Researchers from the University of Melbourne have conducted a literature review and the findings could prove to be a tremendous benefit for professional female athletes. The Australian team has become the first to confirm that iron supplements significantly improve exercise performance.
Led by Dr Sant-Rayn Pasricha, the researchers conducted an analysis of data collected through numerous smaller studies. On their own, these studies did not produce any conclusive results as to the benefits of iron supplements but the combined body of data subjected to meta-analysis revealed impressive benefits.
Pasricha´s team established that iron supplementation boosted exercise performance in women, positively affecting their achievement both at maximal and submaximal exertion. Women receiving iron supplements were able to do an exercise more efficiently while using a lower heart rate. This ability was particularly pronounced among women entering trials with iron deficiency or anaemia and women in training, professional athletes included. The Australian review also confirmed that female exercise performance could be impaired by iron deficiency. Such deficiency can also result in fatigue and lethargy, potentially leading to iron deficiency anaemia.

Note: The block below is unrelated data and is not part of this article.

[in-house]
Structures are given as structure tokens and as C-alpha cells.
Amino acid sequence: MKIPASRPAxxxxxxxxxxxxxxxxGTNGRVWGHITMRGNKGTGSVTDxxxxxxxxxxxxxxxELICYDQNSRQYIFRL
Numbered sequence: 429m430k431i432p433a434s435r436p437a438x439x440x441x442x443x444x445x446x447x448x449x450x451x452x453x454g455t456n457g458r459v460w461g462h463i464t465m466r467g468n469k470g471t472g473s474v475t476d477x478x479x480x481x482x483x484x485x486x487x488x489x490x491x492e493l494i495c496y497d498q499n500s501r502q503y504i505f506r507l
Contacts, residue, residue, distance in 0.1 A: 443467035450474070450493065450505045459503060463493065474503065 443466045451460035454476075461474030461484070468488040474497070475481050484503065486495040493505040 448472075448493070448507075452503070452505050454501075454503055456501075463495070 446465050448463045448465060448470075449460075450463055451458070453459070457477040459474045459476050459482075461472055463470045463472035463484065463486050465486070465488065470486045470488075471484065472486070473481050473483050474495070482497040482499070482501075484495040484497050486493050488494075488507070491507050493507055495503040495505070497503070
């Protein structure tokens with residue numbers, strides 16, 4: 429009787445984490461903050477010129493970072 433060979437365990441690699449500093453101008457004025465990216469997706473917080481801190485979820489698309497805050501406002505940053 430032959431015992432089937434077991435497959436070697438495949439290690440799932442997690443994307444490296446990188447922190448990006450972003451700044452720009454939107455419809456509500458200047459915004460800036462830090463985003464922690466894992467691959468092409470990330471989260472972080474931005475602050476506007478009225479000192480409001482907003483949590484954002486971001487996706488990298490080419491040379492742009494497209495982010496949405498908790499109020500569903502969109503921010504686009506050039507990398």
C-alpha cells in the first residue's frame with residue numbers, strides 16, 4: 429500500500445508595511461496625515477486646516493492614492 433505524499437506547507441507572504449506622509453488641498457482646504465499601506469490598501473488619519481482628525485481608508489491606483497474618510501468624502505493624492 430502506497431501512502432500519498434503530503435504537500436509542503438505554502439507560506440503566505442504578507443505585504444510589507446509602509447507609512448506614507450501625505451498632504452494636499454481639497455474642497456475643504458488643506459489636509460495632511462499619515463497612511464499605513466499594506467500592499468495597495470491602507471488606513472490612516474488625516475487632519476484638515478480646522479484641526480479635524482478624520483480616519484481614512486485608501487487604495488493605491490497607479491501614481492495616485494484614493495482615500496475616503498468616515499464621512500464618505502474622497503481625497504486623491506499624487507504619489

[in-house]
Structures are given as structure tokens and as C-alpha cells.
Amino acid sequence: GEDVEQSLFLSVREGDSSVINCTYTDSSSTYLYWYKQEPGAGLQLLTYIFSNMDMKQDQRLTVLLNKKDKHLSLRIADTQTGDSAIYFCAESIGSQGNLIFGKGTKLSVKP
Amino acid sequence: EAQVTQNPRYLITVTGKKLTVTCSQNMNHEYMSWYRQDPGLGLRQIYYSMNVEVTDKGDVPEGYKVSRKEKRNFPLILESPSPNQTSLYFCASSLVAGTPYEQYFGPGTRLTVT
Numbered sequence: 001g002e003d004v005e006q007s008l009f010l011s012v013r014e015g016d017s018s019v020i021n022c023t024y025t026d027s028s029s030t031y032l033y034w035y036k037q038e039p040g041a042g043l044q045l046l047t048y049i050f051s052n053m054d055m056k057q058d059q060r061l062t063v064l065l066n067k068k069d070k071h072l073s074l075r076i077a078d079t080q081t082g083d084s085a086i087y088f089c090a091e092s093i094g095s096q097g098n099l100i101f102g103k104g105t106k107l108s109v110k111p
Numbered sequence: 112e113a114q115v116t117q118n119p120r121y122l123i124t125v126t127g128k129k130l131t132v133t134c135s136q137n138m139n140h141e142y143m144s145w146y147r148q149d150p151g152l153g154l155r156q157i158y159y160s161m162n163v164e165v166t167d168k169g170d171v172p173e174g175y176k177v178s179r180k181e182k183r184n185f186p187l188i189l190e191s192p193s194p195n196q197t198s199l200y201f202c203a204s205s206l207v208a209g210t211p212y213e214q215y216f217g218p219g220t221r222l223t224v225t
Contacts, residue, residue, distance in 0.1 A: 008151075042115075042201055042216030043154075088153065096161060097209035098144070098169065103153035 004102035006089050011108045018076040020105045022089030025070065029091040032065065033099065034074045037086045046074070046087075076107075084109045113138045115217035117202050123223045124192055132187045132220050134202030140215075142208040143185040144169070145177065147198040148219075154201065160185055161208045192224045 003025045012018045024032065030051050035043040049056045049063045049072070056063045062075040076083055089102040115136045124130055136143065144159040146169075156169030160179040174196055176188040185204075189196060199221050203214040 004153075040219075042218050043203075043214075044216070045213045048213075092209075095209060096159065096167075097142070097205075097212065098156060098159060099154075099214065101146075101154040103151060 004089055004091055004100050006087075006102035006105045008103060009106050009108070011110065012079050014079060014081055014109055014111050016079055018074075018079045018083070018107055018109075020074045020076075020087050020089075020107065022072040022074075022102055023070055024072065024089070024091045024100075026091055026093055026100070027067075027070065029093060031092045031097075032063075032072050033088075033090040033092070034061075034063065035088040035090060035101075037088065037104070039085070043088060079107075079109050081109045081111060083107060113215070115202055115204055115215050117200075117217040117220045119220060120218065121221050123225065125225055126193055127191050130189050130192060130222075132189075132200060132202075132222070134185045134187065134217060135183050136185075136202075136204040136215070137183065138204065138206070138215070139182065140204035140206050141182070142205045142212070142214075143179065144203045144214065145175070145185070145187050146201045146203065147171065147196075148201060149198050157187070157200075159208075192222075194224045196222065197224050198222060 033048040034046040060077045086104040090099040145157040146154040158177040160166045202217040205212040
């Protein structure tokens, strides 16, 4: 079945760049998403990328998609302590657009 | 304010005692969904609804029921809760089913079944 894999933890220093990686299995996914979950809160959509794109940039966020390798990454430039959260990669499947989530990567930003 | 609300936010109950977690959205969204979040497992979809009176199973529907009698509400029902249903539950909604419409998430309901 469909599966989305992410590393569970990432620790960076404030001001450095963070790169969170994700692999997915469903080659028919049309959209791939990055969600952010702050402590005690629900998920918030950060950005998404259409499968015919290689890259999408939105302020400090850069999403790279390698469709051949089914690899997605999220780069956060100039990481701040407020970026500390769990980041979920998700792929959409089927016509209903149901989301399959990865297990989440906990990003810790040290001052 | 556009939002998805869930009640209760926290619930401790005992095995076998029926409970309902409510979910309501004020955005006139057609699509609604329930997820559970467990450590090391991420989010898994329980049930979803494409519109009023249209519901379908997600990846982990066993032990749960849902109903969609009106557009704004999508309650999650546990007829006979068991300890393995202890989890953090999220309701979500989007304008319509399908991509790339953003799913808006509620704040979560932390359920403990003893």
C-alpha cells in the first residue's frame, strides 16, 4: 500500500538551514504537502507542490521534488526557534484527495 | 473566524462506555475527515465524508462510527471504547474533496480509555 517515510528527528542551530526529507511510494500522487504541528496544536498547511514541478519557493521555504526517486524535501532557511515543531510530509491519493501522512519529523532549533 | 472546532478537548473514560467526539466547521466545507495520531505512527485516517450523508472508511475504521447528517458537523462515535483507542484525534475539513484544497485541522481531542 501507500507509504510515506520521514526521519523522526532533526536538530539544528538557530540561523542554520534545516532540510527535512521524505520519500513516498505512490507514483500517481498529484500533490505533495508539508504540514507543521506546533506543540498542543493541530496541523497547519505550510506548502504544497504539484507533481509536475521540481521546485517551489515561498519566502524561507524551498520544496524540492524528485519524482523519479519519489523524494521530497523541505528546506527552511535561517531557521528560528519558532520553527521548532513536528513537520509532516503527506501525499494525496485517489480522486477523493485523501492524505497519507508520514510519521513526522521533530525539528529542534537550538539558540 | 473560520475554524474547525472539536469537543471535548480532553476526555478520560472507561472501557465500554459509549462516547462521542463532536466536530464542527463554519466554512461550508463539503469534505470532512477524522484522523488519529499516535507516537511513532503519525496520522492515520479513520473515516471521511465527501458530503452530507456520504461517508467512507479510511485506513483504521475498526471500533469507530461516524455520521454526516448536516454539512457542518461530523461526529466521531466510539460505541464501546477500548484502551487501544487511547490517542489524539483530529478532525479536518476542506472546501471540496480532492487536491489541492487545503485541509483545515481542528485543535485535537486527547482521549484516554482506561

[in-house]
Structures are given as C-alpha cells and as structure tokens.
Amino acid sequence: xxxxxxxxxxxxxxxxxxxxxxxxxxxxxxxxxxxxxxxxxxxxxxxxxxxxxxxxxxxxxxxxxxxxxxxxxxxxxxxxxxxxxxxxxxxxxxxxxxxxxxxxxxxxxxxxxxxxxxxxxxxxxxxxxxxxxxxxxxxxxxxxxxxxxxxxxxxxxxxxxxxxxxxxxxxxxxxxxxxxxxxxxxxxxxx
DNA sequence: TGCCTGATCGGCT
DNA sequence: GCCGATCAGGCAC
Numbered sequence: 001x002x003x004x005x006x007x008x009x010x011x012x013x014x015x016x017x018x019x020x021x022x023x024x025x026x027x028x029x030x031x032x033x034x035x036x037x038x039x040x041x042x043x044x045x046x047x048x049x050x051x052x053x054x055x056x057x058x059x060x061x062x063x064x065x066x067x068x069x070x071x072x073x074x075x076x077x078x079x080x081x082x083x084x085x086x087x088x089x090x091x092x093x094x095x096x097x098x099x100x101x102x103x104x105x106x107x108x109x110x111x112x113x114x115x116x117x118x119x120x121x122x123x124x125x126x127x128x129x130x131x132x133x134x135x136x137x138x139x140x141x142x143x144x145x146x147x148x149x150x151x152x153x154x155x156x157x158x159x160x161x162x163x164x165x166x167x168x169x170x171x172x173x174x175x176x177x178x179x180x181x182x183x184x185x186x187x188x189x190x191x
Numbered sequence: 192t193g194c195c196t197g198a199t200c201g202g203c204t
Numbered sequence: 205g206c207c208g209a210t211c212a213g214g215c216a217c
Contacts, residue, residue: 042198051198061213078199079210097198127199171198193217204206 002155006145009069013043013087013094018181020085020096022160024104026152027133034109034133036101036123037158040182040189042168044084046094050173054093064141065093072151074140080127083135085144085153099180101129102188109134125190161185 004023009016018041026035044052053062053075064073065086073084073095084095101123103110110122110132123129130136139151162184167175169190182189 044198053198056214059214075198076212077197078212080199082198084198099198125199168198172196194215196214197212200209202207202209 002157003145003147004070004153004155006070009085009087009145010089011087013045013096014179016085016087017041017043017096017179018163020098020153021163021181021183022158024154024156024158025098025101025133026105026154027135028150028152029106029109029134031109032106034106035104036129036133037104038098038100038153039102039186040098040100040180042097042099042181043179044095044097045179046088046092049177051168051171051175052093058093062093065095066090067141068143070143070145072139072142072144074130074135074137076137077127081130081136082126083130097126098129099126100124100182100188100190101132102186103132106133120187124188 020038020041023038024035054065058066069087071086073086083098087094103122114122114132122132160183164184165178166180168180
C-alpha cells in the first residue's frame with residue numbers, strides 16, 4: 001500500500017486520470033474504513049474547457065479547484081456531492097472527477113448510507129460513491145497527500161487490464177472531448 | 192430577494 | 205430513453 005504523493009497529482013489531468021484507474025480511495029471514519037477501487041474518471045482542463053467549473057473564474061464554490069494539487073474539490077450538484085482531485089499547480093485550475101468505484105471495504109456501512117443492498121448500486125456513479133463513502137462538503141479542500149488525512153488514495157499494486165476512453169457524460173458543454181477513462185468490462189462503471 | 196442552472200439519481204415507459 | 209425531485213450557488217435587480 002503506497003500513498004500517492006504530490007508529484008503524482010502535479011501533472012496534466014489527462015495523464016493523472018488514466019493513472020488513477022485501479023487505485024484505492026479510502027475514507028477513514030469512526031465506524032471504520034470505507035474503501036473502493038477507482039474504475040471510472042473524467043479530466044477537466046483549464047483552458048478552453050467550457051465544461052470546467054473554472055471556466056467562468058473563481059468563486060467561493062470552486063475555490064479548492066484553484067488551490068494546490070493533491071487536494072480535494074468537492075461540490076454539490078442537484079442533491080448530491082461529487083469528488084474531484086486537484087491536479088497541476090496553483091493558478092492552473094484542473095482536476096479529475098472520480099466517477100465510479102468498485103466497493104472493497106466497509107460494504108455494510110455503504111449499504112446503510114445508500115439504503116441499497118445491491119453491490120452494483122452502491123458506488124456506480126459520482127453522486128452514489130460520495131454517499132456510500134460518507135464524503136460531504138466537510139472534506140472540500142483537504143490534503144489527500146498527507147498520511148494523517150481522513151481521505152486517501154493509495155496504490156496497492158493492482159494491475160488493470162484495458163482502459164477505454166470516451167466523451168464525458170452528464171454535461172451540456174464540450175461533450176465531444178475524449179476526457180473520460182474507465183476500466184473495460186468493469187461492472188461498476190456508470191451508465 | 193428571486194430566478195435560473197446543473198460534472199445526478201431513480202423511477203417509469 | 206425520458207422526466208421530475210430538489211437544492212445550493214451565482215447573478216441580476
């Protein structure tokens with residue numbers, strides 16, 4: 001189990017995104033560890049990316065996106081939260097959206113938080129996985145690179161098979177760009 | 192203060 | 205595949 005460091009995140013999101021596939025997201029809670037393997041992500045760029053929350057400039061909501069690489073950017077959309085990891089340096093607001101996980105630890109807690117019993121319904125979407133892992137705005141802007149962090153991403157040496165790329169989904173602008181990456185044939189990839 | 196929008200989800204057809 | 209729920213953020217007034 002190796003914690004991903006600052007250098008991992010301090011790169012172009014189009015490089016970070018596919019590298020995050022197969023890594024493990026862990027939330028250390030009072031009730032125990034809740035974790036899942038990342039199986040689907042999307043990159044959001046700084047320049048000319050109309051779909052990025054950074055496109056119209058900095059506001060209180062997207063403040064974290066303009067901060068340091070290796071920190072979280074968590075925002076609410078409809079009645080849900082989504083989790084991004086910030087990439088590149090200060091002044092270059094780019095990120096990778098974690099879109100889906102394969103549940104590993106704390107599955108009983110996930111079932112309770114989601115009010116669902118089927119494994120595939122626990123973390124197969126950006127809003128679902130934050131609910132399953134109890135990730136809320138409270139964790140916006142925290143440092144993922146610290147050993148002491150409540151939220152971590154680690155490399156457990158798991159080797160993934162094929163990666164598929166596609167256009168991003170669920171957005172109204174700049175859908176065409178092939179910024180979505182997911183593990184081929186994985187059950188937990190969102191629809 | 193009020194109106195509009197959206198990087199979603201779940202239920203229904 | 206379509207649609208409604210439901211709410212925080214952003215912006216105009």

The findings of the study could do more than contribute to improving athletic performance: they could benefit the rest of the female population in terms of general health and well-being. According to Pasricha, it may pay off to screen women for iron deficiency and develop appropriate strategies for prevention and treatment. In the case of elite athletes, the risk of iron deficiency is higher because of their nutritional regimens and inflammation brought about by excessive exercise, he added.